16. You can sort of escort your embarked units, there’s a movement penalty for enemy ships that move within one square of your war ships, so this acts somewhat as a buffer. I usually try to keep 2 frigates/battleships close to the embarked units and have 2-3 caravels/destroyers pushed out farther ahead and to the flanks to try and spot any enemy vessels.

    I agree with you though, there needs to be some sort of escort setting for naval ships. It seems like they could do something similar to the intercept mechanic for fighters.

  17. Really good stuff. Only thing I’d argue with you on there is Monty. It’s not that he was trying to win, so much as it was two things:

    1) It was very robotic. Get set back, get 10 turn peace treaty, build up, attack the same front. It was the same exact behavior every time. If the AI is going to get you stuck in their teeth and not let go, they need to have some variability about how they go about it, I think.

    2) At some point you have to know when you’re beat before it’s just glaringly obvious. After he lost ground through 2-3 separate wars, and with my forces built up on his border, he needs to look for easier meat. Granted, he did go after the city-states, so maybe that was happening a bit, but I still think he would have been better served trying a weaker opponent.

    As for the other AIs, what bugs me there is not that they wanted to be spoilers, but that they never tried to use me as an ally to stop Gandhi. Gandhi was the man in this game; I didn’t come on strong until the end. Bismark, Napoleon, and Washington should have been whispering sweet nothings to anyone who would listen about stopping Gandhi. Instead they spent half the game denouncing each other and denouncing me. I think they deserved the nukes they got.

  18. Forgot about the random denouncing; it’s got to be one of the most opaque AI decisions I’ve seen in any game period why the AI decides to denounce you sometimes. I get it when you’ve been warring, but it’ll sometimes denounce you when all you’ve ever done is fight 2 defensive wars, not fully eliminate anyone, and never pick on a city-state.

    Sometimes it happens very early in the game so it can’t even be just because you look like you’re going to win; I’d be fine with the AI deciding to gang up on you if you seem a danger to run away with the game as long as they ganged up on someone else once they’re the new world-beater. I think I read somewhere it has to do with if you’re going for the same victory condition but that doesn’t make much sense to me; I’d think nations would like other nations similar to themselves that share the same long-term goals and have ideals in common.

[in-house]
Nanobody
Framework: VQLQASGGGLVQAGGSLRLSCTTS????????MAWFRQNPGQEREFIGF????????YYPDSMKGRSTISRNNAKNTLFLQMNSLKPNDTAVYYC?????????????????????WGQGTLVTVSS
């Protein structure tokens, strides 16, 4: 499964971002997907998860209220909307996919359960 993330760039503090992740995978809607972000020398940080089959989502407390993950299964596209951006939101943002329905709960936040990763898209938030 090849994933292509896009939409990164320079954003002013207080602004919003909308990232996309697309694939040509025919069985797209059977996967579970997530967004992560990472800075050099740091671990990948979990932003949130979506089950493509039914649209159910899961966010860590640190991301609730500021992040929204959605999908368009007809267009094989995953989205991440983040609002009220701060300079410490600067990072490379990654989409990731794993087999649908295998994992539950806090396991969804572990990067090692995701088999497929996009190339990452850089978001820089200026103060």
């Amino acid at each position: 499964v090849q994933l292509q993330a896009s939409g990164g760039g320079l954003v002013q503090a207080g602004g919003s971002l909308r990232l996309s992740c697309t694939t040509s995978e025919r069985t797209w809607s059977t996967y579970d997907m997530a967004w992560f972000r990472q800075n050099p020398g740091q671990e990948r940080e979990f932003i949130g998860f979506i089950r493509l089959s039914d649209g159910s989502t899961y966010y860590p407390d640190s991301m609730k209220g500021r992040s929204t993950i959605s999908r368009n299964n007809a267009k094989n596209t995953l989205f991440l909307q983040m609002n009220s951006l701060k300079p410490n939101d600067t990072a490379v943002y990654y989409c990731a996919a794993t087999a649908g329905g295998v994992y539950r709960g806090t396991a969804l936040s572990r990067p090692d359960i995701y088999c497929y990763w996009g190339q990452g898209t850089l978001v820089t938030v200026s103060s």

19. It’s a usual theme in human diplomacy: “we have our differences, but unless we put them aside and take down the #1 player, he’s going to walk away with the game. We need to level the playing field.”

    That, both against Ghandi, and in Monty’s case. If Monty couldn’t take you head-on, he should have been negotiating with say Washington to gang up on you. Monty: “Oie, Washingman, let’s both hit on Japan, split his attention, you keep whatever you gain on his continent, and I’ll keep whatever I regain on my continent.” It would have been more successful, and refreshingly more human.

  20. It would be neat to go parallel universe and play again as Japan. Would definitely allow for contrast. The writing of the diaries was fun to read (maybe because there’s a lot of empathy among Civ players, since we know exactly what you’re talking about), and continuing them would be good. Definitely enjoy the italicized out of character asides that added to the context of the thing.

    Actually, I kinda like the whole diary notion, particularly for TBS games that can run much, much longer than the 6-10 hour campaign of many modern shooters and have natural breaks built right in. I read a Solium Infernum diary once (on RPS maybe?) that was fun, and I’d only played that game once at the time, so there was a lot of nuance that zoomed over my head that I caught onto later.

    When HOMMVI (or MMHVI?) comes out, a diary for that might be interesting.